Personally, I've found that alternating these exercises in my routine enhances muscle engagement and growth.
1. Dumbbell Incline Raises (3 sets of 8–10 reps)
You'll need an adjustable bench for this, and you want to set it up at about 45 degrees:
- Sit on the bench facing the backrest and grip a dumbbell in each hand to get into the starting position.
- Now lean forward so that your upper body leans against the backrest.
- Keep the elbows slightly bent to avoid overextending them and reduce injury risks that are common, according to MedicalNewsToday .
- Now slowly raise the dumbbells up and forward so that you end up in a Superman posture.
- Slowly lower the dumbbells back down.
2. Seated Dumbbell Rear Fly (3 sets of 8-10 reps)
Another option on a bench, especially if you don't have an adjustable one, is seated rear deltoid flys:
- Sit at the end of the bench with a dumbbell in each hand.
- Tilt your body forward to a 45-degree angle.
- Slowly lift the dumbbells in a wing-like motion and lift them up to shoulder height.
- Then lower them down to the starting point and feel the tension on the rear deltoids.
Related Article: Reverse Pec Deck Fly
3. Dumbbell Rear Delt Pulls (3 sets of 8-10 reps)
This is one of the rear deltoid exercises where you might want to consider picking up some heavier dumbbells than normal:
- Stand up straight with a dumbbell in each hand.
- Pull up your shoulders as you would in shrugs, but also bring your hands about halfway up your chest.
- Slowly lower your hands down again.
Also Read: Rear Deltoid Stretch
4. One-Arm Bent Over Rows (3 sets of 8-10 reps)
I suggest using a bench or chair to lean on and help you keep your balance:
- Start in a standing position with a dumbbell in your left hand.
- Place your right knee and hand on the bench to get your back in a straight and horizontal starting position.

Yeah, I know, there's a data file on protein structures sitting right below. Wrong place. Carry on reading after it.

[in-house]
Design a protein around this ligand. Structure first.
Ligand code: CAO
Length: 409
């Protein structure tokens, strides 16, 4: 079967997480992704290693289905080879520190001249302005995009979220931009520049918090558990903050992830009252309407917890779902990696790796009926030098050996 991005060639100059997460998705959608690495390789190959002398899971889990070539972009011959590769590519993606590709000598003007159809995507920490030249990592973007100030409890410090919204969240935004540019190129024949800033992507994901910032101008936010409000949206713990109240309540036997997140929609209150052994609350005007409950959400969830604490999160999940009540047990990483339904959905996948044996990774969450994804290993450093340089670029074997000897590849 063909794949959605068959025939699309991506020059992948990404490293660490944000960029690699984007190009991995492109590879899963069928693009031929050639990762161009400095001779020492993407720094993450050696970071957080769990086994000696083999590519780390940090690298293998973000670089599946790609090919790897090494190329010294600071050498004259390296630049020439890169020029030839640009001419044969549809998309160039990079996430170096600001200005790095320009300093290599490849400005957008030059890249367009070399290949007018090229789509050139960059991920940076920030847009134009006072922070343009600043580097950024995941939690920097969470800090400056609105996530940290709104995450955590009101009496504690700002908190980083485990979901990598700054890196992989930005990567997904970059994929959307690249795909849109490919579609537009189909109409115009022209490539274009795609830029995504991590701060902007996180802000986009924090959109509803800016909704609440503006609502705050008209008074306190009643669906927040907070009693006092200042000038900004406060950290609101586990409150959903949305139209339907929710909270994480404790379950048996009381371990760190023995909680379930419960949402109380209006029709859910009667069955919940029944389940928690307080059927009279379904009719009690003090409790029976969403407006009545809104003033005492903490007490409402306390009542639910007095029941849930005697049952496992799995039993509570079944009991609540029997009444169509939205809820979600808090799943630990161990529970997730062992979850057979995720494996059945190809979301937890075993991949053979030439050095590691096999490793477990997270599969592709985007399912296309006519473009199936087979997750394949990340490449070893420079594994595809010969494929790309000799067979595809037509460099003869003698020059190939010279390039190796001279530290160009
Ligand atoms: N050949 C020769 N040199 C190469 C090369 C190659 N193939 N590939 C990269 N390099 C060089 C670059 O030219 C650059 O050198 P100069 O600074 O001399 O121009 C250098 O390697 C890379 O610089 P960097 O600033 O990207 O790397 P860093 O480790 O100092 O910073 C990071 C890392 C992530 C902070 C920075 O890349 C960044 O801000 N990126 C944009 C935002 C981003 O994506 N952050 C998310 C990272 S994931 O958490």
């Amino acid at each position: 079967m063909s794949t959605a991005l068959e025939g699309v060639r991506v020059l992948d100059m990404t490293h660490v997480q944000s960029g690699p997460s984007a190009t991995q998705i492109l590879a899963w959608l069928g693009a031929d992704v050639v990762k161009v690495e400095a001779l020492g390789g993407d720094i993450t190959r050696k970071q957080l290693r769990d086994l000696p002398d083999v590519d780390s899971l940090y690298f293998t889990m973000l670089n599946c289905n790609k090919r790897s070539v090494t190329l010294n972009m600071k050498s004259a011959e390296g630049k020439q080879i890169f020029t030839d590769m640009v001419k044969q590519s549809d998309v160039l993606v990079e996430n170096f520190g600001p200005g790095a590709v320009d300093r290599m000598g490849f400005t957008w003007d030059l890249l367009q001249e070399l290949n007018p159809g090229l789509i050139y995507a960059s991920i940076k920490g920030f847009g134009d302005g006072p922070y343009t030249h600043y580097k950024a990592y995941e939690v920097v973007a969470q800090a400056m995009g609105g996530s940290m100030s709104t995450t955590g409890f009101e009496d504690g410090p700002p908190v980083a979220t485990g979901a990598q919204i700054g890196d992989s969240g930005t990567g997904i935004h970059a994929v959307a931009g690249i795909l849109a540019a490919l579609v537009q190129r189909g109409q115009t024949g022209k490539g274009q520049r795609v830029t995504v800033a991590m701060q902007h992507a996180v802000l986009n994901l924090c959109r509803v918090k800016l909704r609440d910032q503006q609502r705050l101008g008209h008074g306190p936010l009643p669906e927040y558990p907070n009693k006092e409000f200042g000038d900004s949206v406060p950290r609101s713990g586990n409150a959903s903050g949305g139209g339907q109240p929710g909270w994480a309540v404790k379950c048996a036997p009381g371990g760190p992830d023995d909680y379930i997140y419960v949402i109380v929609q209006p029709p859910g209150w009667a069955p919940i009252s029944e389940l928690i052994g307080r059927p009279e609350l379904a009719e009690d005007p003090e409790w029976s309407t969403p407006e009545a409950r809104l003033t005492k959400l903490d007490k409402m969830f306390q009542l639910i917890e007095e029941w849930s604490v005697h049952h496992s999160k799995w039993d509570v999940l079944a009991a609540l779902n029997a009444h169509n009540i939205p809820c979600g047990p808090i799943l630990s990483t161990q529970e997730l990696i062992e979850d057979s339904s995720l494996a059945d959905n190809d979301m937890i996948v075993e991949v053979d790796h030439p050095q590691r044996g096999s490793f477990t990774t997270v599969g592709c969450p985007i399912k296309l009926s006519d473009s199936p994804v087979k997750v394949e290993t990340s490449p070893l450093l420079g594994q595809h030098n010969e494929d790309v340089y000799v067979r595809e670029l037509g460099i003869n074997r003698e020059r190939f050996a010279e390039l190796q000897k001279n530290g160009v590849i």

- Let the dumbbell hang down beside the bench and start the rear delt row in a slow movement.
- Pull the dumbbell to your chest, and then lower it back down again.
5. Bent Over Alternating Flys (3 sets of 8-10 reps)
This is a nice variation of the regular back flys that I like to use to target the rear deltoids:
- Stand with your knees slightly bent and a dumbbell in each hand.
- Get into a bent-over position where your back is close to horizontal.
- Lift the left dumbbell up perpendicular to the side up to shoulder height.
- Lower it down again and switch to the right arm.
6. Side-Lying Raises (3 sets of 8-10 reps)
This rear delt exercise will take a lot of practice to get the balance right:
- Lay down on your right side, ideally on a workout bench.
- With your left hand, grab a dumbbell and let it hang down in front of your chest.
- Use your right arm to stabilize your body by placing it on the ground in front of the bench.
- Raise the dumbbell straight up above your body.
- Slowly lower it back down again.
7. Modified Planks (3 sets of 8-10 reps)
The final one of my recommendations is to do some bodyweight rear delt exercises:
- The starting position is in a plank position on your elbows.
- Now round out your shoulder and neck by pushing your upper spine up high.
- Then lower your spine down between your shoulder blades and lift your head up.
- Make this a slow movement and concentrate on engaging the delts.
Can You Work Your Rear Deltoids without Weights?
Yes, you can work your rear deltoids without weights by doing modified planks. By using your own body weight to create tension on your delts, you’ll strengthen them with a compound-type movement.
Are Rear Delt Injuries Common?
Rear delt injuries are quite common, especially with repetitive straining movements .
That's why it's important to mix up your posterior deltoid exercises regularly to avoid always causing the same strain.